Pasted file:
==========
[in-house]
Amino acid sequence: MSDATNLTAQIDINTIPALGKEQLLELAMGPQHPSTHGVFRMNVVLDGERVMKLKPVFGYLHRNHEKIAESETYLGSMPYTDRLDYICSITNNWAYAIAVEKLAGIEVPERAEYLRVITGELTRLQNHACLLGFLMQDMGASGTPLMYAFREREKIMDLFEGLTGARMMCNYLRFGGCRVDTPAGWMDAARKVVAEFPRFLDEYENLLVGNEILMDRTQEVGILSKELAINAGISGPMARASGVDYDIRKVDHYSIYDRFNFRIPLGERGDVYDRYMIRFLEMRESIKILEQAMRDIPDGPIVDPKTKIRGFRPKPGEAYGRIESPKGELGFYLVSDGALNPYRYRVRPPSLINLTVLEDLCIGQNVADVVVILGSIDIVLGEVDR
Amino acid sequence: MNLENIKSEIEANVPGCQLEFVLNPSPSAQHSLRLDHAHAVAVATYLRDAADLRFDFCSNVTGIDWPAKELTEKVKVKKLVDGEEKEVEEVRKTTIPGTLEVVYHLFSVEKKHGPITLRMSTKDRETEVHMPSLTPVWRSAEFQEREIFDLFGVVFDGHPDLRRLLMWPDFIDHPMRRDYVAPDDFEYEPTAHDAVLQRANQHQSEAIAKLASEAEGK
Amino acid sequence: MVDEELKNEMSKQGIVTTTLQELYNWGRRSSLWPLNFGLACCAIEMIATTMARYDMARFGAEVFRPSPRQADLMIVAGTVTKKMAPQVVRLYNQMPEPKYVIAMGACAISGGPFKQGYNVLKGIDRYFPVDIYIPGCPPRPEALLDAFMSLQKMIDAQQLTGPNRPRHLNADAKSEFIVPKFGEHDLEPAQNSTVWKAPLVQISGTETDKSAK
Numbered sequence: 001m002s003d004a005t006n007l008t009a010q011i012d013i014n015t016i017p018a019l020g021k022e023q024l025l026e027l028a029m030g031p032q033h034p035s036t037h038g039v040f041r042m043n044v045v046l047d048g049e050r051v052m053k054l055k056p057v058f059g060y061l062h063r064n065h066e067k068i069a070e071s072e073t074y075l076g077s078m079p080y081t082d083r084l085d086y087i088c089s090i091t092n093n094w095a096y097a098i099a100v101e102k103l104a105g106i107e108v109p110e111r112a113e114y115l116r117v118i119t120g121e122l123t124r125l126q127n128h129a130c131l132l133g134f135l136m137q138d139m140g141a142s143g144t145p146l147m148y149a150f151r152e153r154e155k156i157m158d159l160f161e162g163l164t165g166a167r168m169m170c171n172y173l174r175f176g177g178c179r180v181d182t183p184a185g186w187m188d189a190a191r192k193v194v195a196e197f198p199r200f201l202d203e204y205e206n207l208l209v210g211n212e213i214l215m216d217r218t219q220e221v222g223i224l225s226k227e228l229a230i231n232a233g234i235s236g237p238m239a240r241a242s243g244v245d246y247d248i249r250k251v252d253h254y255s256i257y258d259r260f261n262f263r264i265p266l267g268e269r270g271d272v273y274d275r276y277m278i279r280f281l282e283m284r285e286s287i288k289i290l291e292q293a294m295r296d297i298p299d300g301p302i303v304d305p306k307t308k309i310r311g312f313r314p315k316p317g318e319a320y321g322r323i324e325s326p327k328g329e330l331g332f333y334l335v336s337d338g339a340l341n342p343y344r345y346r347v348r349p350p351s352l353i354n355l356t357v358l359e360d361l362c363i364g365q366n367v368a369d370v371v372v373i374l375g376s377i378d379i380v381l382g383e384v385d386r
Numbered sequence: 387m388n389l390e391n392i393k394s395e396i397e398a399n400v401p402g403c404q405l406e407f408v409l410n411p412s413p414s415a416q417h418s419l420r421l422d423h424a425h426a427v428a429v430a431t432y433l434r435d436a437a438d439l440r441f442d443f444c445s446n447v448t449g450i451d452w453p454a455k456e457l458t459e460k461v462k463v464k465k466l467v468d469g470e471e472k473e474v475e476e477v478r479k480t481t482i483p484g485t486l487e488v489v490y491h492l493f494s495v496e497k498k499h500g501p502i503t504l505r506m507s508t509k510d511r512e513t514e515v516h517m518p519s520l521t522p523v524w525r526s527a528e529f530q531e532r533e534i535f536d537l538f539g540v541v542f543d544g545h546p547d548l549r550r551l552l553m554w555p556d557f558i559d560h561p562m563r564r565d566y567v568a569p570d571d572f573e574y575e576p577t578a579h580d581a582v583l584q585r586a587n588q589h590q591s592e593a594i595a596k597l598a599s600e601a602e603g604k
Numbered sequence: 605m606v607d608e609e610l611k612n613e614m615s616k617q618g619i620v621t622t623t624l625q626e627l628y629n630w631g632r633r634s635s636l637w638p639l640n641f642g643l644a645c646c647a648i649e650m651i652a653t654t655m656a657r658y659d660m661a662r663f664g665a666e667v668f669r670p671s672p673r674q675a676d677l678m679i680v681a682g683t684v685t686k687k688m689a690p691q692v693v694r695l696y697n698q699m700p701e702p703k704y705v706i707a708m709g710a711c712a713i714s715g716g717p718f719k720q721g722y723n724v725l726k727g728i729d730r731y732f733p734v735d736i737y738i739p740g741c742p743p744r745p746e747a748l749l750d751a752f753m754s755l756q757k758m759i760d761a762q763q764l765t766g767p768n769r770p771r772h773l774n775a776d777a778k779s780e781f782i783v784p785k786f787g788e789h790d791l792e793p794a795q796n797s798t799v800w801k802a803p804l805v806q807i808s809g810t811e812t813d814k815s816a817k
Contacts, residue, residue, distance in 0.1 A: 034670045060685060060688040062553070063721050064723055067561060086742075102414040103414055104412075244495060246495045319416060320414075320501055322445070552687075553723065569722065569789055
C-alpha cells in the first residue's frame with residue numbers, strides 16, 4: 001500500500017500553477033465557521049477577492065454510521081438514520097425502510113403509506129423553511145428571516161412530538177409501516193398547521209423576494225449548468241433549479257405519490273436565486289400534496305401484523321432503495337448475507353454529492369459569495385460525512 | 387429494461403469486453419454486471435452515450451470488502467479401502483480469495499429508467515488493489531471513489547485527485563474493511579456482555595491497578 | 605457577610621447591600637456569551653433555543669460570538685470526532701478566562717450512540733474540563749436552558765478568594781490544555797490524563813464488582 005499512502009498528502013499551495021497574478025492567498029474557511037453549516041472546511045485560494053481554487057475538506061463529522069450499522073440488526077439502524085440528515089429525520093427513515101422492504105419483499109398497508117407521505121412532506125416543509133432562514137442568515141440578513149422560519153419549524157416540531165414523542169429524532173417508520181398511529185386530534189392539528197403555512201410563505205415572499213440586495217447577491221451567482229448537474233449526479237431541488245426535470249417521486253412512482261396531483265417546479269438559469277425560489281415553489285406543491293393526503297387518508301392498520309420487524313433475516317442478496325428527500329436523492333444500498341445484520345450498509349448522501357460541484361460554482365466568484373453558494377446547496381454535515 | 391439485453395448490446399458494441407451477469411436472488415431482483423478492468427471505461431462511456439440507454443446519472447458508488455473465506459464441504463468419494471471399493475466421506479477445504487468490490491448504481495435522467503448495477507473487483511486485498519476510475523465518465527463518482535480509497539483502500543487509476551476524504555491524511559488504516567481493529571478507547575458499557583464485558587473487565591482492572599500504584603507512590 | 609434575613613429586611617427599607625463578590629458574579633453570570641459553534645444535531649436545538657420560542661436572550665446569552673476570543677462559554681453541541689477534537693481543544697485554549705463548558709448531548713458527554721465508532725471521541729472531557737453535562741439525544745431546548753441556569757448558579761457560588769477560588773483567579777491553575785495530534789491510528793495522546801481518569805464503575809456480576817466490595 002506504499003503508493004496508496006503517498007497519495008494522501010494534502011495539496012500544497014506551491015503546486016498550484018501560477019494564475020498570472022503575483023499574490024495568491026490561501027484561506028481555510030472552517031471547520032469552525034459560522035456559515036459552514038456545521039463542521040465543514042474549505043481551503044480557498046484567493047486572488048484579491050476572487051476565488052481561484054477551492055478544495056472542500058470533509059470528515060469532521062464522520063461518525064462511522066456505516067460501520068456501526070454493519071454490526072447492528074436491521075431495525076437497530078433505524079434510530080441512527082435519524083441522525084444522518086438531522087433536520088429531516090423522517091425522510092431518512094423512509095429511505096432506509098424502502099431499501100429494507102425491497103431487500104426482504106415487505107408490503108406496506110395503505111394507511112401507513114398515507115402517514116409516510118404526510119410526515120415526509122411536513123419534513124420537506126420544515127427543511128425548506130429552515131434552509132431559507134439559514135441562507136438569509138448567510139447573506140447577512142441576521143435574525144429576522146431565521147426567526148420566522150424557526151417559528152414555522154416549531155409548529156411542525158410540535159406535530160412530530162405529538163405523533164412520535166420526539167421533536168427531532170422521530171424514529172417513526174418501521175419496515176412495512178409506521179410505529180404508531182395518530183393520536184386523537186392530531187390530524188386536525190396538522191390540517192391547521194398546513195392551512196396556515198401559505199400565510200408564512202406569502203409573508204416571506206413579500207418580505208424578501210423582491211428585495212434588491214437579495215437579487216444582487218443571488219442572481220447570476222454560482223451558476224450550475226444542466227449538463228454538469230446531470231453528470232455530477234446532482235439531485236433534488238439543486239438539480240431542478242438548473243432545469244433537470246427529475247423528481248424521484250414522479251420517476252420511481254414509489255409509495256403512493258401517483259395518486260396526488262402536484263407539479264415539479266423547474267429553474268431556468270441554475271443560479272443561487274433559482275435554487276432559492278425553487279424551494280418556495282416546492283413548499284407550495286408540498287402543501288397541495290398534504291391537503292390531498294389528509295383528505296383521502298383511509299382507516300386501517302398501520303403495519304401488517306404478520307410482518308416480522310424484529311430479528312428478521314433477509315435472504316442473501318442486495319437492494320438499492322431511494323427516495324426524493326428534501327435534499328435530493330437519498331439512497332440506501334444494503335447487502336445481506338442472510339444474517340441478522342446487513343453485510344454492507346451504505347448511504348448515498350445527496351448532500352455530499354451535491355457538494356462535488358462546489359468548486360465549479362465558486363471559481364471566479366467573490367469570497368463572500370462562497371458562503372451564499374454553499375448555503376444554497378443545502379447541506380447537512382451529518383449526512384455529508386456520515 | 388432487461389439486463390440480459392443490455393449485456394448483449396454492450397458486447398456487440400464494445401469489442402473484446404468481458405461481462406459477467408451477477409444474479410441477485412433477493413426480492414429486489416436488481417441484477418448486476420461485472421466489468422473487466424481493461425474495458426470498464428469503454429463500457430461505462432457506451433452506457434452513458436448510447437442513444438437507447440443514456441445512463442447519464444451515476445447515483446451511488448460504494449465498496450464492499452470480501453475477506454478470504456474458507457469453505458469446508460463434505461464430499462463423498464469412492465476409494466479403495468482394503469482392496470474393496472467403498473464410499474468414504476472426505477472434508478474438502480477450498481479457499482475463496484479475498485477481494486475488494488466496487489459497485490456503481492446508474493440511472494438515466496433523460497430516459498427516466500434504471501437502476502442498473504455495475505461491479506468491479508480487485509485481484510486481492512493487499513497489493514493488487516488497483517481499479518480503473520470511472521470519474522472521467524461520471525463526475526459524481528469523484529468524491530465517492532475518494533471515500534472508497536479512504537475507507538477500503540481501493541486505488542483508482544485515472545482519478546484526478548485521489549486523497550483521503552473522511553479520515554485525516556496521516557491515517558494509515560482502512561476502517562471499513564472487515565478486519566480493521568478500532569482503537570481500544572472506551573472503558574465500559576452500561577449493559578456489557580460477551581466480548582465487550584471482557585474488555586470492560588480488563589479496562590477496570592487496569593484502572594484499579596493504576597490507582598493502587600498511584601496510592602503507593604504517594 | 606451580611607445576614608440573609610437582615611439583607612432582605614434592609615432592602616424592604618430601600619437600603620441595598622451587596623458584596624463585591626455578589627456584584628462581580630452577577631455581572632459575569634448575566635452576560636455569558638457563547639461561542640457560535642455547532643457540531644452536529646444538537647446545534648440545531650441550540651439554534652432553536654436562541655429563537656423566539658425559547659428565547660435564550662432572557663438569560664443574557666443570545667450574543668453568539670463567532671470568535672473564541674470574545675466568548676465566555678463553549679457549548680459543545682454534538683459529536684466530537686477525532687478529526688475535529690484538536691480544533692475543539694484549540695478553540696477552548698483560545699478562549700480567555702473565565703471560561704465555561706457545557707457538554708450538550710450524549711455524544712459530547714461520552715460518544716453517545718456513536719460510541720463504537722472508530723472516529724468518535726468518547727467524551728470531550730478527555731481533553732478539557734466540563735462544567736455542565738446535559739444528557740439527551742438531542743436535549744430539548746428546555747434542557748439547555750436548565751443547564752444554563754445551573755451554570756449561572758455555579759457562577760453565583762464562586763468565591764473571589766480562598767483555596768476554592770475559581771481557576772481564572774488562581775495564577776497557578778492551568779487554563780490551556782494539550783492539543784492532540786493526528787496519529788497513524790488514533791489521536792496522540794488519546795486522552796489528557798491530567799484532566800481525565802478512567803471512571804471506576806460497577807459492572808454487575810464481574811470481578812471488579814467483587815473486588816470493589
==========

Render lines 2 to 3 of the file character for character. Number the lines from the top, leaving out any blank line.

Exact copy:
Amino acid sequence: MSDATNLTAQIDINTIPALGKEQLLELAMGPQHPSTHGVFRMNVVLDGERVMKLKPVFGYLHRNHEKIAESETYLGSMPYTDRLDYICSITNNWAYAIAVEKLAGIEVPERAEYLRVITGELTRLQNHACLLGFLMQDMGASGTPLMYAFREREKIMDLFEGLTGARMMCNYLRFGGCRVDTPAGWMDAARKVVAEFPRFLDEYENLLVGNEILMDRTQEVGILSKELAINAGISGPMARASGVDYDIRKVDHYSIYDRFNFRIPLGERGDVYDRYMIRFLEMRESIKILEQAMRDIPDGPIVDPKTKIRGFRPKPGEAYGRIESPKGELGFYLVSDGALNPYRYRVRPPSLINLTVLEDLCIGQNVADVVVILGSIDIVLGEVDR
Amino acid sequence: MNLENIKSEIEANVPGCQLEFVLNPSPSAQHSLRLDHAHAVAVATYLRDAADLRFDFCSNVTGIDWPAKELTEKVKVKKLVDGEEKEVEEVRKTTIPGTLEVVYHLFSVEKKHGPITLRMSTKDRETEVHMPSLTPVWRSAEFQEREIFDLFGVVFDGHPDLRRLLMWPDFIDHPMRRDYVAPDDFEYEPTAHDAVLQRANQHQSEAIAKLASEAEGK